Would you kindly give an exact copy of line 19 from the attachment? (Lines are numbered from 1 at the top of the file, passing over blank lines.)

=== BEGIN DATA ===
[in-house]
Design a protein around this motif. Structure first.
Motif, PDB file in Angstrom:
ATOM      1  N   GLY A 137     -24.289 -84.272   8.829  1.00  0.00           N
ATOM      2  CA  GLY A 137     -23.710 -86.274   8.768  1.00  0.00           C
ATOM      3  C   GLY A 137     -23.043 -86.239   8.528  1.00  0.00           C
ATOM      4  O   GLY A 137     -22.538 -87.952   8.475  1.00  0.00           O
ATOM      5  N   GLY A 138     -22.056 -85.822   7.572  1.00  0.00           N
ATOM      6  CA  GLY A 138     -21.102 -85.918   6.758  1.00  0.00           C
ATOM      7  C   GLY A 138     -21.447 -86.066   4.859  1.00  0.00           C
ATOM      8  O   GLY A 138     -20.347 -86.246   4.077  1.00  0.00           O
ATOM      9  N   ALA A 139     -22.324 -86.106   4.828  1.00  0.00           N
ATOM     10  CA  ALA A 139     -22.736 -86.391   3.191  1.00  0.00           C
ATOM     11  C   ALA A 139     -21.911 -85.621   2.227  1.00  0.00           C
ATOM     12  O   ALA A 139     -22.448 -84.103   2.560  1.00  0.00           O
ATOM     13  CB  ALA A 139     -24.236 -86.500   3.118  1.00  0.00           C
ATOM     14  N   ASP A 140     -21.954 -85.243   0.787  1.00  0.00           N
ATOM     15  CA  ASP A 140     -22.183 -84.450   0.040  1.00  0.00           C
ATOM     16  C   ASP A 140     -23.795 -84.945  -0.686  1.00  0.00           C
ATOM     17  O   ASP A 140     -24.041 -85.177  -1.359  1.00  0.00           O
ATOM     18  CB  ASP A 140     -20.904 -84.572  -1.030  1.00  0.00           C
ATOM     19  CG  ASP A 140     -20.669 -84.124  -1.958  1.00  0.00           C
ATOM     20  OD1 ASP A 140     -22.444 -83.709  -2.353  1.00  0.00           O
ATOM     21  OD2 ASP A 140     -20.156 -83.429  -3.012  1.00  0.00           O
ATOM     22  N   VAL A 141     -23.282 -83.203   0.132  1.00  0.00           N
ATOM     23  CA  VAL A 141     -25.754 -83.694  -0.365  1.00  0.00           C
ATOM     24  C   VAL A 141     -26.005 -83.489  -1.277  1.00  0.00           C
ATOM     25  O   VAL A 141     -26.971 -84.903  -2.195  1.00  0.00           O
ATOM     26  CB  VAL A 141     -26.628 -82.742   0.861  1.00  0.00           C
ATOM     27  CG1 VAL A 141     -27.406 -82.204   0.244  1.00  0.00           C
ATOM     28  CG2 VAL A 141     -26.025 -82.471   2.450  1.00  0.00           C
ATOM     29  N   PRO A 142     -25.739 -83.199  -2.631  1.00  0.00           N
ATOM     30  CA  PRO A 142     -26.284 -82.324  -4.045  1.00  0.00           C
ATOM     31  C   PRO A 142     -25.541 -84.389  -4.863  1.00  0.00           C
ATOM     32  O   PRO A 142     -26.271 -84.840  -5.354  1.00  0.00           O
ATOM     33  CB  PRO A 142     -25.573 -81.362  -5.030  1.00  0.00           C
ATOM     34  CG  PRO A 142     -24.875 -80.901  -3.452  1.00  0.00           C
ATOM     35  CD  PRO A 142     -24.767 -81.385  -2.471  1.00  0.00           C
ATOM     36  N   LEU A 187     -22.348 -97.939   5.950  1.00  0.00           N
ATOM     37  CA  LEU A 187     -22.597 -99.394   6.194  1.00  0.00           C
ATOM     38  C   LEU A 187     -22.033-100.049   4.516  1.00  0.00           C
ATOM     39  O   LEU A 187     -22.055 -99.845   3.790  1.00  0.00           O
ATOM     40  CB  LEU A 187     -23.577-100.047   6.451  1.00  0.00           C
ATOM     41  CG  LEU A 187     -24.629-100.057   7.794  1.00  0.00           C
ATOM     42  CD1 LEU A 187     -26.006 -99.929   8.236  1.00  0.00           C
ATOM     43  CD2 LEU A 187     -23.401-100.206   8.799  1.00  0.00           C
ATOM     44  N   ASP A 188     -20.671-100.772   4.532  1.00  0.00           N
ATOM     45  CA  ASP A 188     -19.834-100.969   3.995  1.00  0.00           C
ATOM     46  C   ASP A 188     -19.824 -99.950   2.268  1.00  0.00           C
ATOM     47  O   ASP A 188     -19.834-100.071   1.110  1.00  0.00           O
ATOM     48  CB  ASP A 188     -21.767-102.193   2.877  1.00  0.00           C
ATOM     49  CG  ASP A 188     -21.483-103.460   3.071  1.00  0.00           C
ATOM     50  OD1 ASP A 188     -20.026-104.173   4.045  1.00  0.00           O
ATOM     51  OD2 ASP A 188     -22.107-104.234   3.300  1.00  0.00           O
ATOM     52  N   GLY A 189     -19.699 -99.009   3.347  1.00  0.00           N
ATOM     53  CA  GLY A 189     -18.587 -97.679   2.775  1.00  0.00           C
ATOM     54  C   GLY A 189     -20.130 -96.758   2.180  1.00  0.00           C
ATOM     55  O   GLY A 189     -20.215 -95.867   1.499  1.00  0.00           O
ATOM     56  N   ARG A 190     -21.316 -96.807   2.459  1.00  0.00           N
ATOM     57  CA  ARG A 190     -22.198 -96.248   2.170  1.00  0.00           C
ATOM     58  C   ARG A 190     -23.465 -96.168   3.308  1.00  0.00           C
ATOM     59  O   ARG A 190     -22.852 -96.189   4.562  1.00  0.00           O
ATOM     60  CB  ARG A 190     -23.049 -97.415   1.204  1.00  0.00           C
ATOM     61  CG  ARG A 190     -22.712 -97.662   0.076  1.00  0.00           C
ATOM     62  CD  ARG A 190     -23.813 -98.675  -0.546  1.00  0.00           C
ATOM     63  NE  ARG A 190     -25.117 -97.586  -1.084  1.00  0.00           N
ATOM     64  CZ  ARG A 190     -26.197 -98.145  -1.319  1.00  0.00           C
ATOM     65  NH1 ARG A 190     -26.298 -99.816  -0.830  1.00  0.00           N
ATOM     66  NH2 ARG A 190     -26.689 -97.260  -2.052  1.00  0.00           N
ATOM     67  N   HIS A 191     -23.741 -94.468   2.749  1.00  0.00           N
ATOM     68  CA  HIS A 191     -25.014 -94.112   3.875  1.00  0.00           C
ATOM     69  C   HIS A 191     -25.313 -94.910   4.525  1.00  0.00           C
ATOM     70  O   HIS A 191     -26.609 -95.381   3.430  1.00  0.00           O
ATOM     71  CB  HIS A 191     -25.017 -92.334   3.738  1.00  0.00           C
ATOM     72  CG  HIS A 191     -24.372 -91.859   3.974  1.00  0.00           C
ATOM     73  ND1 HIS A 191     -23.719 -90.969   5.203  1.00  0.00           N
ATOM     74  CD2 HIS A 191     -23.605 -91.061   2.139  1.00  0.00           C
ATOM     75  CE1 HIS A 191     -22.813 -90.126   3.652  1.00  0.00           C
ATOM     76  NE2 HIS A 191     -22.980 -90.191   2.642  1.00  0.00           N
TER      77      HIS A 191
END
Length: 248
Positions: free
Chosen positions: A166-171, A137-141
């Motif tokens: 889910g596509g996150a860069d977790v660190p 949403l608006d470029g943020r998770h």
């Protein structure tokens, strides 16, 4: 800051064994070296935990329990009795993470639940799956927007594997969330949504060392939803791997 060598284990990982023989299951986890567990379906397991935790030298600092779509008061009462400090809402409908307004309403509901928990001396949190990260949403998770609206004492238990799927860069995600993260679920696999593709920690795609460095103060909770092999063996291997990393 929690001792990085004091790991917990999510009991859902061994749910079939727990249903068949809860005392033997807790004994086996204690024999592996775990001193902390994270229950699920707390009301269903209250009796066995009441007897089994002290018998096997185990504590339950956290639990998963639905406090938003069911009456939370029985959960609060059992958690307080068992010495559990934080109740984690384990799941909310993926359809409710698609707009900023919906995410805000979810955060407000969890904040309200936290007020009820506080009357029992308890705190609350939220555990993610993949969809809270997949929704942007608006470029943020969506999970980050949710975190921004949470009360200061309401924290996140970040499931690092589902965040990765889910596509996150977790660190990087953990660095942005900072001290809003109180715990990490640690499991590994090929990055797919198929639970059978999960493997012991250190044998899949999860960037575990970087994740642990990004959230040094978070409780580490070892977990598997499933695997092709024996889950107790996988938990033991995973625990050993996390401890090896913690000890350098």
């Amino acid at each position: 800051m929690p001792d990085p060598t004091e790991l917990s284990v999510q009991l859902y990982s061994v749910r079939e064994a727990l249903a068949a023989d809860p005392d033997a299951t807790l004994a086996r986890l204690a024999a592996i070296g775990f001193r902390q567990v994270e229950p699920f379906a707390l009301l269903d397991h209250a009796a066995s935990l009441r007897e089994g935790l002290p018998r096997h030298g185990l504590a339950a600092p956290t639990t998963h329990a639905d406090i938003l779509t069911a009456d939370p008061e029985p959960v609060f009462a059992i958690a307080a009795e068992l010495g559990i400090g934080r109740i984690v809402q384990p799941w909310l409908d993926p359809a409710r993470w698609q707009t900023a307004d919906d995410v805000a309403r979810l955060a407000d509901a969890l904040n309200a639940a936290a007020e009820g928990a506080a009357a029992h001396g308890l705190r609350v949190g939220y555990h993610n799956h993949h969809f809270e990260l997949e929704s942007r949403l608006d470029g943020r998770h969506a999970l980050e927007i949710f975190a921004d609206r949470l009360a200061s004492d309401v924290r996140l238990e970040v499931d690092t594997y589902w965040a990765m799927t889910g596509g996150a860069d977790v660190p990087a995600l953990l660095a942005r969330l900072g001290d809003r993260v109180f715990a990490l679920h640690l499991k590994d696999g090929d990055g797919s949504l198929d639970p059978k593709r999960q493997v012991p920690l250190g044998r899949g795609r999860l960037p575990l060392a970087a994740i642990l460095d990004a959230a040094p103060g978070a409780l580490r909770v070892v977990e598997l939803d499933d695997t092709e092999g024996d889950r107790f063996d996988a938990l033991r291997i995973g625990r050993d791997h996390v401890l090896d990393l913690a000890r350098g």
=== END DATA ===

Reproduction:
ATOM     16  C   ASP A 140     -23.795 -84.945  -0.686  1.00  0.00           C